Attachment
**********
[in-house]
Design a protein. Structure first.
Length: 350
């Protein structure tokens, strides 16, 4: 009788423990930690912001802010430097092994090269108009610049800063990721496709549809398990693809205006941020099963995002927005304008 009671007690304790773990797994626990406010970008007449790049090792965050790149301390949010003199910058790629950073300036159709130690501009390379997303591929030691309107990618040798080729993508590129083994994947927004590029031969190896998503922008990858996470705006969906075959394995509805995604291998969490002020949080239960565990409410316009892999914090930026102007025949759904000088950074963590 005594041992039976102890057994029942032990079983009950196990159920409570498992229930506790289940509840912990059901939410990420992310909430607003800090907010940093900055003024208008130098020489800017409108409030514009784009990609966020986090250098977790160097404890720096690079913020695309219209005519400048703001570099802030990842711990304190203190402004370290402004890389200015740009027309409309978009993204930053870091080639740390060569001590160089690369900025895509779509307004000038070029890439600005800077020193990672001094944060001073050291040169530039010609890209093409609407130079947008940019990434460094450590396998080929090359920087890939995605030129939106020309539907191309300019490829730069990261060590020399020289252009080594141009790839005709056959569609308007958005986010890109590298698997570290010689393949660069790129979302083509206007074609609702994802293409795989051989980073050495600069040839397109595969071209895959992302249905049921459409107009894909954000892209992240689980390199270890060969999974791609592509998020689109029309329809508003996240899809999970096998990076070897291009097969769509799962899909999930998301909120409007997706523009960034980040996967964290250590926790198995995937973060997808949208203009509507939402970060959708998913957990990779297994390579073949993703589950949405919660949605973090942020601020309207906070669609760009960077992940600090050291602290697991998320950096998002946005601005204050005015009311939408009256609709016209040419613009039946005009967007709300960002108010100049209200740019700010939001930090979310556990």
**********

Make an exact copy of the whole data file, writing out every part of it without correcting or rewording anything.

[in-house]
Design a protein. Structure first.
Length: 350
């Protein structure tokens, strides 16, 4: 009788423990930690912001802010430097092994090269108009610049800063990721496709549809398990693809205006941020099963995002927005304008 009671007690304790773990797994626990406010970008007449790049090792965050790149301390949010003199910058790629950073300036159709130690501009390379997303591929030691309107990618040798080729993508590129083994994947927004590029031969190896998503922008990858996470705006969906075959394995509805995604291998969490002020949080239960565990409410316009892999914090930026102007025949759904000088950074963590 005594041992039976102890057994029942032990079983009950196990159920409570498992229930506790289940509840912990059901939410990420992310909430607003800090907010940093900055003024208008130098020489800017409108409030514009784009990609966020986090250098977790160097404890720096690079913020695309219209005519400048703001570099802030990842711990304190203190402004370290402004890389200015740009027309409309978009993204930053870091080639740390060569001590160089690369900025895509779509307004000038070029890439600005800077020193990672001094944060001073050291040169530039010609890209093409609407130079947008940019990434460094450590396998080929090359920087890939995605030129939106020309539907191309300019490829730069990261060590020399020289252009080594141009790839005709056959569609308007958005986010890109590298698997570290010689393949660069790129979302083509206007074609609702994802293409795989051989980073050495600069040839397109595969071209895959992302249905049921459409107009894909954000892209992240689980390199270890060969999974791609592509998020689109029309329809508003996240899809999970096998990076070897291009097969769509799962899909999930998301909120409007997706523009960034980040996967964290250590926790198995995937973060997808949208203009509507939402970060959708998913957990990779297994390579073949993703589950949405919660949605973090942020601020309207906070669609760009960077992940600090050291602290697991998320950096998002946005601005204050005015009311939408009256609709016209040419613009039946005009967007709300960002108010100049209200740019700010939001930090979310556990």